Dog Bite Injuries and Liability
If someone suffers a dog bite injury, the dog’s owner is not always legally responsible for the injured person. For example, an owner might not be liable for dog bite injuries if the victim provoked the dog, knowingly took the risk of injury, was trespassing, or was otherwise acting unreasonably careless.
However, these defenses aren’t available in all states, so it’s important for a dog owner to contact a local personal injury lawyer.
Was the Dog Provoked?
In some states, the dog owner won’t be held liable if the victim clearly provoked the dog through hitting or teasing. However, it is possible for a victim to unintentionally provoke a dog, such as stepping on its tail.
Additionally, if a young child tries to hug a strange dog and the dog turns and bites, the owner may not be liable for the injury.
In dog bite injury cases, the circumstances surrounding the incident drastically affect the legal outcome.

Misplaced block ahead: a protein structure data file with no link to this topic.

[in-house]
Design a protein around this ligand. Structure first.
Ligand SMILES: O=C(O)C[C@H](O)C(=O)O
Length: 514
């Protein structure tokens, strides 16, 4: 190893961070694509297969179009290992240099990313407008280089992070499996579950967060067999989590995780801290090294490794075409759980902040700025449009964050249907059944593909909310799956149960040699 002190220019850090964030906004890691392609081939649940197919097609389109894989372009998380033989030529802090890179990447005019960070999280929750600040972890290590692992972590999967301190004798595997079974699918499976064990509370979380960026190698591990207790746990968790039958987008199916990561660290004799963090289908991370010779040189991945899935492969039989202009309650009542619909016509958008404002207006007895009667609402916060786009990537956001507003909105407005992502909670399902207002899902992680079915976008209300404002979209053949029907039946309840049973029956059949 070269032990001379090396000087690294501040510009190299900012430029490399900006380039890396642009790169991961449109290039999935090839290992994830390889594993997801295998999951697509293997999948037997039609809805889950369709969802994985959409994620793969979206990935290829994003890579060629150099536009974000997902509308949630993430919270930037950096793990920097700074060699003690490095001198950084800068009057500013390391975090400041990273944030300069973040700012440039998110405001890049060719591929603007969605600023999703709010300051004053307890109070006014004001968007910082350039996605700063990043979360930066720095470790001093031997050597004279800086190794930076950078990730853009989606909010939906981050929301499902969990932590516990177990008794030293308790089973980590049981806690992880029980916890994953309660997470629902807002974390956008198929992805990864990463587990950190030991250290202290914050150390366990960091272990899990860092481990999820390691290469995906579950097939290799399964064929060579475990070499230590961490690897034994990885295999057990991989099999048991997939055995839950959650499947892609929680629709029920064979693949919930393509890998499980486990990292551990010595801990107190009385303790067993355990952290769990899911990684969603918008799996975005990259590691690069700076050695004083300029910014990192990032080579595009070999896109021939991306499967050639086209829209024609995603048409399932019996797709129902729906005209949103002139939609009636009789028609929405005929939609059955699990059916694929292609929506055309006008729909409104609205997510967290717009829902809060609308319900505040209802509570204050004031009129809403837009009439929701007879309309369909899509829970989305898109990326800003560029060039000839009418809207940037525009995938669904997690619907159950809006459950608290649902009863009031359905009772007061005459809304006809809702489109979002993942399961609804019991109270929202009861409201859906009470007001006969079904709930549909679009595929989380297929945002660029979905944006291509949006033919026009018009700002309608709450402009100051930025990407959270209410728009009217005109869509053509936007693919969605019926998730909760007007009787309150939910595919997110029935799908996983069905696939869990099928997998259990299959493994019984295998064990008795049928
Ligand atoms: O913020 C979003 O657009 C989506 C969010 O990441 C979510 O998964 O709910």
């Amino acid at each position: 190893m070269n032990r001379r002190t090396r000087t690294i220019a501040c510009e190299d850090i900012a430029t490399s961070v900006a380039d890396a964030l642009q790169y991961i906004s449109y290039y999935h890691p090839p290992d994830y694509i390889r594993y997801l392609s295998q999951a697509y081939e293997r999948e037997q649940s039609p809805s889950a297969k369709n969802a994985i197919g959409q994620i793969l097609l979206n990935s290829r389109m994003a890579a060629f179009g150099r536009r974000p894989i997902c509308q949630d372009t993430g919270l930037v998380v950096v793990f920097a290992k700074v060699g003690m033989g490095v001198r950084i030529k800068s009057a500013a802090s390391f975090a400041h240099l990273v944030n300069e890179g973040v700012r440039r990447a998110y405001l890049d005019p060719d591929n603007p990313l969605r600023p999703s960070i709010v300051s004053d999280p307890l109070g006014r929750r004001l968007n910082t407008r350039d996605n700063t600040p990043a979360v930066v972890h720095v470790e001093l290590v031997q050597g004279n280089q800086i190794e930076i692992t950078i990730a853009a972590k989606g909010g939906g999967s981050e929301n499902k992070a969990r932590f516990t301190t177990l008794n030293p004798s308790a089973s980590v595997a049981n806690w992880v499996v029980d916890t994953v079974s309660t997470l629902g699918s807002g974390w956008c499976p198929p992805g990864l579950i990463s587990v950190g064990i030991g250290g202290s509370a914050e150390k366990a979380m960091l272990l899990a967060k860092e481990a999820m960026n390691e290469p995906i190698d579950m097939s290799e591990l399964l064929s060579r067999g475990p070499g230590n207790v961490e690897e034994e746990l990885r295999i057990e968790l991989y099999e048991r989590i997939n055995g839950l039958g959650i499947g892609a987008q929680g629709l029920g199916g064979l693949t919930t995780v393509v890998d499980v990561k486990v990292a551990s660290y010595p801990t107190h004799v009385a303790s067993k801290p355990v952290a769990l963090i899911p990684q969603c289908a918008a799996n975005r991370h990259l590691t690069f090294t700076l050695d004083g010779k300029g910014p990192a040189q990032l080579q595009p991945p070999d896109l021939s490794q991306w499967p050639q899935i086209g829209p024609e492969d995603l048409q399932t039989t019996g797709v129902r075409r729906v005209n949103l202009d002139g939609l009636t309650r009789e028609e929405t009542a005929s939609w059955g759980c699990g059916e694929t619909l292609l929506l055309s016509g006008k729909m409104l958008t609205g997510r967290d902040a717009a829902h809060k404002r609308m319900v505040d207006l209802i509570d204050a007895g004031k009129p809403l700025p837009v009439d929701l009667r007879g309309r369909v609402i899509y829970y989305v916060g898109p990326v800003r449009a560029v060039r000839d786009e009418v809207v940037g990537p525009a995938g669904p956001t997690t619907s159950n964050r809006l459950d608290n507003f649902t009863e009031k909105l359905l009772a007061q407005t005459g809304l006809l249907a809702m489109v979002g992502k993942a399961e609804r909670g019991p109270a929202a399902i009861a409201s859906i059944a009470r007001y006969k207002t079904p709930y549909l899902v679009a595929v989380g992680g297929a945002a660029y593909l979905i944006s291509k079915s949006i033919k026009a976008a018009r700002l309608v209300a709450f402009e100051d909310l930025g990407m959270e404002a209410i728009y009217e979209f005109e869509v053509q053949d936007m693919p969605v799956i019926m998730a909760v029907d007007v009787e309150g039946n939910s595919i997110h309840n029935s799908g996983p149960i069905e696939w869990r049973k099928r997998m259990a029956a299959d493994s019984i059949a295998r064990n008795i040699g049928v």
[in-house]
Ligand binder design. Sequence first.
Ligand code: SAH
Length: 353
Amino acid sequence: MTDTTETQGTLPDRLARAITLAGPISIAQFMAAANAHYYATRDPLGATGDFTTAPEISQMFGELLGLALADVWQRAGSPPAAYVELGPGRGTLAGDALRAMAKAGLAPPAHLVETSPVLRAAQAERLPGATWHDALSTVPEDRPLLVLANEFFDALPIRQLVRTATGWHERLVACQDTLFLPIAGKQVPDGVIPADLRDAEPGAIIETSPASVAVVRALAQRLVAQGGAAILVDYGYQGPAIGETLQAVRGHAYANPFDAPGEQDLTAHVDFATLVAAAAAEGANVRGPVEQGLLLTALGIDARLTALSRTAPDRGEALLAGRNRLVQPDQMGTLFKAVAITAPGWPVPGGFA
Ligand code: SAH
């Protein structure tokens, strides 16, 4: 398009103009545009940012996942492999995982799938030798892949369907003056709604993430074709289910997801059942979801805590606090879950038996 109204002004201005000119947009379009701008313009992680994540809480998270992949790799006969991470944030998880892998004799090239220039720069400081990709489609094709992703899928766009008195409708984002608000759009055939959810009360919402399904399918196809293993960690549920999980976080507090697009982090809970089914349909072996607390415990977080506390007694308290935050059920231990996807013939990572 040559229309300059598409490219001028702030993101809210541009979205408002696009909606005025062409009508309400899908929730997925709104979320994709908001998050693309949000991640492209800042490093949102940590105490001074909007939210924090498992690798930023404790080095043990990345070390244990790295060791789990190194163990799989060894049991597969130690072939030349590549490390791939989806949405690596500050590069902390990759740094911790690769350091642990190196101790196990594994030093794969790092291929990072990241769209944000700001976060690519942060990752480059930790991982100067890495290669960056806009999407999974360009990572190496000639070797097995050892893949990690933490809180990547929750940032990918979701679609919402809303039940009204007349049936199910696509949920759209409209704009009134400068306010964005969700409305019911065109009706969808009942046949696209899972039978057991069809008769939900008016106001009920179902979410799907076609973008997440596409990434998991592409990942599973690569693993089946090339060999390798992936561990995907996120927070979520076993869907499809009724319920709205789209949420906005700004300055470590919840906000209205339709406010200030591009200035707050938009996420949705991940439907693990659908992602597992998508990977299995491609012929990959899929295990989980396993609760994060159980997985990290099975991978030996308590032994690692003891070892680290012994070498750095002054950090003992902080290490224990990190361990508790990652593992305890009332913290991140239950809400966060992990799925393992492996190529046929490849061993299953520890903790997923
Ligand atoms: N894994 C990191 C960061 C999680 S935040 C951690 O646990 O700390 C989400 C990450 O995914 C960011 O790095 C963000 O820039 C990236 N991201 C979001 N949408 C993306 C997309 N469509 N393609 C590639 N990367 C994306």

Did Victim Understand Risk?
A dog owner can also avoid legal liability by showing that that the victim knew there was a risk of injury from interacting with the dog, and still took on that risk.
For example, a jury may decide that a house guest who has cared for the dog before puts him or herself at risk by playing with the dog.
Similarly, someone who ignores a prominent “Beware of Dog” warning sign will likely fail in pursuing a personal injury claim against the dog owner.
Was There Trespassing?
A trespasser is someone without permission to enter the property.
However, unless the owner has warned people to keep off the property with signs and locked gates, he or she provides an implied invitation to enter.
As a result, someone who ventures onto the property may still have a claim if there was implied invitation.
In Arizona, a dog bite incident must take place in public or the victim must have lawfully been on private property.
If these conditions are met, Arizona law imposes steep penalties on owners for dog bites.